Bpi Case Analysis

Topics: Foodborne illness, Escherichia coli, Mass media Pages: 3 (968 words) Published: April 15, 2013
Eldon Roth, the CEO of Beef Products Inc has been producing Lean Fine-Textured Beef through a process he invented at least 20 years ago. The FDA and the USDA has stated that this product is completely safe. The product has not been attributed to a single illnesses or death. This fact is impressive given that ground beef is especially susceptible to E. coli contamination. According to the Centers for Disease Control and Prevention, E. coli causes an estimated 73,000 illnesses and 61 deaths a year. In 2008, The Washington Post even touted this products’ safety record, and speculated whether its technology could be “the key to a safer meat supply.” Many nonprofit public health organizations such as STOP Foodborne Illness (a nonprofit founded by Nancy Donley after her six year old son died from eating E. coli) have given this product their stamp of approval. Likewise, many Industry watchdog groups such as the International Association of Food Protection have given BPI its prestigious Black Pearl Award, its highest possible award. Yet within the last month, social media activists and mainstream news organizations have created a media frenzy around this product which they have dubbed “Pink Slime.”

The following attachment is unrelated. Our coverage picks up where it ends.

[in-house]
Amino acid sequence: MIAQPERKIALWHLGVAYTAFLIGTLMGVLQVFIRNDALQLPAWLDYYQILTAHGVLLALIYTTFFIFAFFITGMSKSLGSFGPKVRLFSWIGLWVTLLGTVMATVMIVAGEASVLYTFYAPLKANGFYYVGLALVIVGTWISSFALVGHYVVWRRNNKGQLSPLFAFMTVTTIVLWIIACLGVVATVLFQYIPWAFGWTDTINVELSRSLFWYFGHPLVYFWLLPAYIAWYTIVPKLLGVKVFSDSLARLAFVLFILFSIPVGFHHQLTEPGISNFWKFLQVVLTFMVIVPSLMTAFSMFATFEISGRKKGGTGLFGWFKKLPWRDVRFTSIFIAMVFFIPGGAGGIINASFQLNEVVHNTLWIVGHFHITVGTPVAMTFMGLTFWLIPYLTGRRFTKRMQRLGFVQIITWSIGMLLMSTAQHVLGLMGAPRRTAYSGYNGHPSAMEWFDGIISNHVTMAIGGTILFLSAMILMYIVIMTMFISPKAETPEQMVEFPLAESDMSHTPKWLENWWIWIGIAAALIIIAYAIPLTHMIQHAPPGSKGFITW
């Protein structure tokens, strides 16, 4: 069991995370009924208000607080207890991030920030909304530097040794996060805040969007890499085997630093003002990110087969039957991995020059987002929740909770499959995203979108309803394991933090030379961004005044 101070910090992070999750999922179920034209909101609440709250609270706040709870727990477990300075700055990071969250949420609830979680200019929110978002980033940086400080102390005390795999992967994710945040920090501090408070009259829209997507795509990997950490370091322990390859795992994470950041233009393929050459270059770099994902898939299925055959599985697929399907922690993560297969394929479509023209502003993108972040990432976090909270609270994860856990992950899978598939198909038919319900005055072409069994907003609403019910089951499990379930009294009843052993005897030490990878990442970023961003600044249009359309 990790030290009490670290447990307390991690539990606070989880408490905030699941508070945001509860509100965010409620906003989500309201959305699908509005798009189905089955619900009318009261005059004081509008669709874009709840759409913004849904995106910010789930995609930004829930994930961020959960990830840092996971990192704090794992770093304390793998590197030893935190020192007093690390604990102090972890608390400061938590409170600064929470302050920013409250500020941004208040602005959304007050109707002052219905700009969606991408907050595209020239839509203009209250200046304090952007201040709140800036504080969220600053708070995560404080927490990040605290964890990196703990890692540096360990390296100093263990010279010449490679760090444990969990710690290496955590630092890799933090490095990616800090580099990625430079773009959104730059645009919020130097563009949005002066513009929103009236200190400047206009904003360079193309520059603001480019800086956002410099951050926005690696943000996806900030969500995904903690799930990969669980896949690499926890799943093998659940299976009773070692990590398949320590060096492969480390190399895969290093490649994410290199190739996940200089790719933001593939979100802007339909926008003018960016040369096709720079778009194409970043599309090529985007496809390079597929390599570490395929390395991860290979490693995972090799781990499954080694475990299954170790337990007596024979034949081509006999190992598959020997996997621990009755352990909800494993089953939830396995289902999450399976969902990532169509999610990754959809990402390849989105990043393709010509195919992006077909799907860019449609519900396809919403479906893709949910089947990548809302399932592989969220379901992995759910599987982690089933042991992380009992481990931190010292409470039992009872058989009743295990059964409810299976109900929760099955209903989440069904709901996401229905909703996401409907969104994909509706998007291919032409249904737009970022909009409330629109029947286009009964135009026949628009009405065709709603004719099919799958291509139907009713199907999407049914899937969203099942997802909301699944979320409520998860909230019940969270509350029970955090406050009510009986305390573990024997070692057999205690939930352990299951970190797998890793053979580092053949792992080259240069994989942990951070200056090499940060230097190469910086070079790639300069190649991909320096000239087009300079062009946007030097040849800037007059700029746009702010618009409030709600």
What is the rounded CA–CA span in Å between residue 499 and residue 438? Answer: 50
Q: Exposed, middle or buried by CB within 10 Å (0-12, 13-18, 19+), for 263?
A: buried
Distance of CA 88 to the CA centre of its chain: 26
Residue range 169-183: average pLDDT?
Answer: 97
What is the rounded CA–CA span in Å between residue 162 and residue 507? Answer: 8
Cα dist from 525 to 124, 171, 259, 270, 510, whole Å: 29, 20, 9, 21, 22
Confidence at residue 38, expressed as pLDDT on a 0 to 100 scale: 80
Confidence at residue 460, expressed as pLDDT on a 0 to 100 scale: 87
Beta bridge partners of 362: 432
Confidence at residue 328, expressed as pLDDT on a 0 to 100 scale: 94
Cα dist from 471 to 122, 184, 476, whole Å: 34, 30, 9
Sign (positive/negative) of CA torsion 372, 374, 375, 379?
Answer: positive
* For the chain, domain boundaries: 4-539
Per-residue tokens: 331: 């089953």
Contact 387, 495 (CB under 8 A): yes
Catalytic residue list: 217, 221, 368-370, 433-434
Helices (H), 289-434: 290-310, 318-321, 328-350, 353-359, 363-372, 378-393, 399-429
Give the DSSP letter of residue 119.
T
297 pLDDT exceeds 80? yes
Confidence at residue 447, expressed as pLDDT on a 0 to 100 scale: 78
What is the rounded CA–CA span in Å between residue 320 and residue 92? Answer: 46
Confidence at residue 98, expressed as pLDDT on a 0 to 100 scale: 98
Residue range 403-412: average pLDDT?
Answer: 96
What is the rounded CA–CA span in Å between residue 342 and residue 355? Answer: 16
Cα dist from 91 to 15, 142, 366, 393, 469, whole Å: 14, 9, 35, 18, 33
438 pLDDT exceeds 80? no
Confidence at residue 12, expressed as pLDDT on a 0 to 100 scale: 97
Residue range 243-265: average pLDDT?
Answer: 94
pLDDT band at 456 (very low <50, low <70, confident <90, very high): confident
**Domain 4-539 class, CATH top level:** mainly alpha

Before the invention of Lean Fine-Textured Beef, beef trimmings were used as dog food and were generally considered unfit for human consumption. This was due to the fact that this meat had a higher tendency to be infected with e-coli, salmonella and other bacteria. Eldon Roth created a process by which the beef trimmings are put in a 100 degree heated centrifuge which mechanically removes the fat from the meat. The meat is then treated with ammonia gas (or citric acid which is now used by BPI competitors) to kill the e-coli, salmonella and other bacteria and then sold to ground beef producers who use up to 25% of it as an additive in their ground beef. It is estimated that 70% of ground beef sold in the U.S. contains LFTB. In 2002, USDA microbiologist Jerald...
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